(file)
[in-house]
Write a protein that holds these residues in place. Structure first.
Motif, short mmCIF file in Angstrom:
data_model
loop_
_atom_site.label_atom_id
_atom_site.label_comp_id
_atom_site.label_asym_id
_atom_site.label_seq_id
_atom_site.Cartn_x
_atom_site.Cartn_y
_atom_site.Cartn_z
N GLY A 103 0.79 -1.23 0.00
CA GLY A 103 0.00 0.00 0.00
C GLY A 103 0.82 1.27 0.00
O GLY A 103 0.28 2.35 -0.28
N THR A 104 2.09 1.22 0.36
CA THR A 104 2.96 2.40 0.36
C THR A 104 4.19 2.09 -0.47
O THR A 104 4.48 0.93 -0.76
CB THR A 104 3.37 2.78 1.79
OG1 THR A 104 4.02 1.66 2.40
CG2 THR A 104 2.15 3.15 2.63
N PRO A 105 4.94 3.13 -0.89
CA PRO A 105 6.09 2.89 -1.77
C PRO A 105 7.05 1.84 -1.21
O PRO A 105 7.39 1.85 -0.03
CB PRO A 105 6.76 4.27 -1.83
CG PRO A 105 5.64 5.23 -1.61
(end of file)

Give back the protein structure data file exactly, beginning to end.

[in-house]
Write a protein that holds these residues in place. Structure first.
Motif, short mmCIF file in Angstrom:
data_model
loop_
_atom_site.label_atom_id
_atom_site.label_comp_id
_atom_site.label_asym_id
_atom_site.label_seq_id
_atom_site.Cartn_x
_atom_site.Cartn_y
_atom_site.Cartn_z
N GLY A 103 0.79 -1.23 0.00
CA GLY A 103 0.00 0.00 0.00
C GLY A 103 0.82 1.27 0.00
O GLY A 103 0.28 2.35 -0.28
N THR A 104 2.09 1.22 0.36
CA THR A 104 2.96 2.40 0.36
C THR A 104 4.19 2.09 -0.47
O THR A 104 4.48 0.93 -0.76
CB THR A 104 3.37 2.78 1.79
OG1 THR A 104 4.02 1.66 2.40
CG2 THR A 104 2.15 3.15 2.63
N PRO A 105 4.94 3.13 -0.89
CA PRO A 105 6.09 2.89 -1.77
C PRO A 105 7.05 1.84 -1.21
O PRO A 105 7.39 1.85 -0.03
CB PRO A 105 6.76 4.27 -1.83
CG PRO A 105 5.64 5.23 -1.61